Race: A retrospective evaluation was performed to compare the pharmacokinetic parameters obtained in black and Caucasian subjects after single and repeat once-daily, twice-daily, or three times-daily administration of famciclovir 500 mg. Data from a study in healthy volunteers (single dose), a study in subjects with varying degrees of renal impairment (single and repeat dose) and a study in subjects with hepatic impairment (single dose) did not indicate any significant differences in the pharmacokinetics of penciclovir between black and Caucasian subjects.
Mechanism of action: Famciclovir is a prodrug of penciclovir, which has demonstrated inhibitory activity against herpes simplex virus types 1 (HSV-1) and 2 (HSV-2) and varicella zoster virus (VZV). In cells infected with HSV-1, HSV-2 or VZV, the viral thymidine kinase phosphorylates penciclovir to a monophosphate form that, in turn, is converted by cellular kinases to the active form penciclovir triphosphate. Biochemical studies demonstrate that penciclovir triphosphate inhibits HSV-2 DNA polymerase competitively with deoxyguanosine triphosphate. Consequently, herpes viral DNA synthesis and, therefore, replication are selectively inhibited. Penciclovir triphosphate has an intracellular half-life of 10 hours in HSV-1-, 20 hours in HSV-2- and 7 hours in VZV-infected cells grown in culture. However, the clinical significance of the intracellular half-life is unknown.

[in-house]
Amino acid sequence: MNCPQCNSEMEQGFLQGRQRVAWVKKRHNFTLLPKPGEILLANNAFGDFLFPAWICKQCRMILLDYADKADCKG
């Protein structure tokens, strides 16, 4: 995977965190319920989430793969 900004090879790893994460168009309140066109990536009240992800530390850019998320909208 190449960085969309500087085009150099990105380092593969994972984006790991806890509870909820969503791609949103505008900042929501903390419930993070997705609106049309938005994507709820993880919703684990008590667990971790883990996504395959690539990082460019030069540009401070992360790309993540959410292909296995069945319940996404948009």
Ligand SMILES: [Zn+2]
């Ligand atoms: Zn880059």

Antiviral activity: In cell culture studies, penciclovir is inhibitory to the following herpes viruses: HSV-1, HSV-2 and VZV. The antiviral activity of penciclovir against wild type strains grown on human foreskin fibroblasts was assessed with a plaque reduction assay and staining with crystal violet 3 days postinfection for HSV and 10 days postinfection for VZV. The median EC50 values of penciclovir against laboratory and clinical isolates of HSV-1, HSV-2, and VZV were 2 µM (range 1.2 to 2.4 µM, n=7), 2.6 µM (range 1.6 to 11 µM, n=6), and 34 µM (range 6.7 to 71 µM, n=6), respectively.
Resistance: Penciclovir-resistant mutants of HSV and VZV can result from mutations in the viral thymidine kinase (TK) and DNA polymerase genes. Mutations in the viral TK gene may lead to complete loss of TK activity (TK negative), reduced levels of TK activity (TK partial), or alteration in the ability of viral TK to phosphorylate the drug without an equivalent loss in the ability to phosphorylate thymidine (TK altered). The median EC50 values observed in a plaque reduction assay with penciclovir resistant HSV-1, HSV-2, and VZV were 69 µM (range 14 to 115 µM, n=6), 46 µM (range 4 to >395 µM, n=9), and 92 µM (range 51 to 148 µM, n=4), respectively. The possibility of viral resistance to penciclovir should be considered in patients who fail to respond or experience recurrent viral shedding during therapy.
Cross-resistance: Cross-resistance has been observed among HSV DNA polymerase inhibitors. The most commonly encountered acyclovir resistant mutants that are TK negative are also resistant to penciclovir.